He was now panicked. "Oh god, Mom, then let's wait until she's older, I don't want her to be hurt by my selfish needs -- "

"Now, see, that's a mistake. Your needs aren't selfish, not if she's got other resources. And whenever you take this step, it will be profound jolt for her. But it's a precious life lesson. If she can find out that she's intact and safe even if you and Jane aren't in the house, well, that will last her the rest of her life. In fact, she'll use it every day. She deserves to learn it under the best of circumstances, and planned is better than unplanned -- like, if there was an emergency that tore you away from her. It's better that you go get a need met, coming back in noticeably improved shape, as part of this process. And developmentally she's at an age to learn the lesson. Although it won't happen with just one or two episodes, it will take repetition for her to grasp that you can both go away, come back, and everything's the same."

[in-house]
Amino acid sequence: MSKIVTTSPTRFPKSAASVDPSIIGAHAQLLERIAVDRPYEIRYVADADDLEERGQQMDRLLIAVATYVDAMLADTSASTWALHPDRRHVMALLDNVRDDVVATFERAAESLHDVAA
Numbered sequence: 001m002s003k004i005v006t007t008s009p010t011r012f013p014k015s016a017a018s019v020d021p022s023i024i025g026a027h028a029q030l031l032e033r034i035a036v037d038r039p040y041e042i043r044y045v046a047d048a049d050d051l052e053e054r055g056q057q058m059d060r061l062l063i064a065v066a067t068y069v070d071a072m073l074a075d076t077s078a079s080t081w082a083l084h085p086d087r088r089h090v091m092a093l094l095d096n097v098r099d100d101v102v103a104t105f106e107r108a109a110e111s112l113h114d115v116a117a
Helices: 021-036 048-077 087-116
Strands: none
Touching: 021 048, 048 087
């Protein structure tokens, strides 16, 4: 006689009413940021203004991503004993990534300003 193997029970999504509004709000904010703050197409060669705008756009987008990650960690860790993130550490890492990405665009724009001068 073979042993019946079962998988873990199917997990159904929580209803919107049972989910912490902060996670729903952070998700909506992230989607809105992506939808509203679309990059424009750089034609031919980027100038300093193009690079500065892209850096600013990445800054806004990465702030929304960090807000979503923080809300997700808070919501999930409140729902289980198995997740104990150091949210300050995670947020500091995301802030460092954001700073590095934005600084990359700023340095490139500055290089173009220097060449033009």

"Do you think she'll freak out?" asked Gillam, begging Myra for reassurance with his eyes.

"I think she will. You did. Margie did. She's as sharp and healthy as you two were. But this is normal, Gillam. She'll freak out, we'll help her through it, and she'll grow in a way she's ready to grow. It's a gift you'll be handing her."

Gillam looked at Ginny to see if she agreed. When he saw she did, he put his forehead in his hands and said "Oh, god. It's just one thing after another."

"Sure is" said Myra. "Which is why using all the help you can muster continues to be a brilliant strategy on your park, boychik. Do you want to start tomorrow morning?"

"I don't know. I need to go talk this over with Jane." He began pushing back his chair.

"Wait, I haven't made tea yet" said Ginny, signaling Myra with her eyes as she got up and went into the kitchen. Myra said to Gillam "I'm so glad we named you after David, in our own sneaky way. He'd be blown away by the father you are, but I think he'd also recognize how his continued courage helped bring the Bates line to this point in history."